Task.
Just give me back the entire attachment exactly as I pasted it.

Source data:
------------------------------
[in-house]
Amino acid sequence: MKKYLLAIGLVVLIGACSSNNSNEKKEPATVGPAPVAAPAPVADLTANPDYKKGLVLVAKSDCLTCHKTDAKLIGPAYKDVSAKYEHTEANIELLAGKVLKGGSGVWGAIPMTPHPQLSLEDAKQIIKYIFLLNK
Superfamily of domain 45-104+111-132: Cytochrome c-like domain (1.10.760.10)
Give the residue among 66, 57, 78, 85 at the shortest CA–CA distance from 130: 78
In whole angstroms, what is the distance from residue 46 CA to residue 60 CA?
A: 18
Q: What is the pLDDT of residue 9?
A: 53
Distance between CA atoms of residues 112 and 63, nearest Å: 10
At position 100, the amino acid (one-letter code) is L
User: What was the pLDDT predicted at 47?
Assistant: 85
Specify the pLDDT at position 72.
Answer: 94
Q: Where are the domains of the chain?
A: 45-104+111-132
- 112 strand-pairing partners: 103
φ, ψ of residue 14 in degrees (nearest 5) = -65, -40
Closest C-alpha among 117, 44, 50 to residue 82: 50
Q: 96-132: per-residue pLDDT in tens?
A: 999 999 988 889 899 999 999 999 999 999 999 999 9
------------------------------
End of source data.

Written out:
[in-house]
Amino acid sequence: MKKYLLAIGLVVLIGACSSNNSNEKKEPATVGPAPVAAPAPVADLTANPDYKKGLVLVAKSDCLTCHKTDAKLIGPAYKDVSAKYEHTEANIELLAGKVLKGGSGVWGAIPMTPHPQLSLEDAKQIIKYIFLLNK
Superfamily of domain 45-104+111-132: Cytochrome c-like domain (1.10.760.10)
Give the residue among 66, 57, 78, 85 at the shortest CA–CA distance from 130: 78
In whole angstroms, what is the distance from residue 46 CA to residue 60 CA?
A: 18
Q: What is the pLDDT of residue 9?
A: 53
Distance between CA atoms of residues 112 and 63, nearest Å: 10
At position 100, the amino acid (one-letter code) is L
User: What was the pLDDT predicted at 47?
Assistant: 85
Specify the pLDDT at position 72.
Answer: 94
Q: Where are the domains of the chain?
A: 45-104+111-132
- 112 strand-pairing partners: 103
φ, ψ of residue 14 in degrees (nearest 5) = -65, -40
Closest C-alpha among 117, 44, 50 to residue 82: 50
Q: 96-132: per-residue pLDDT in tens?
A: 999 999 988 889 899 999 999 999 999 999 999 999 9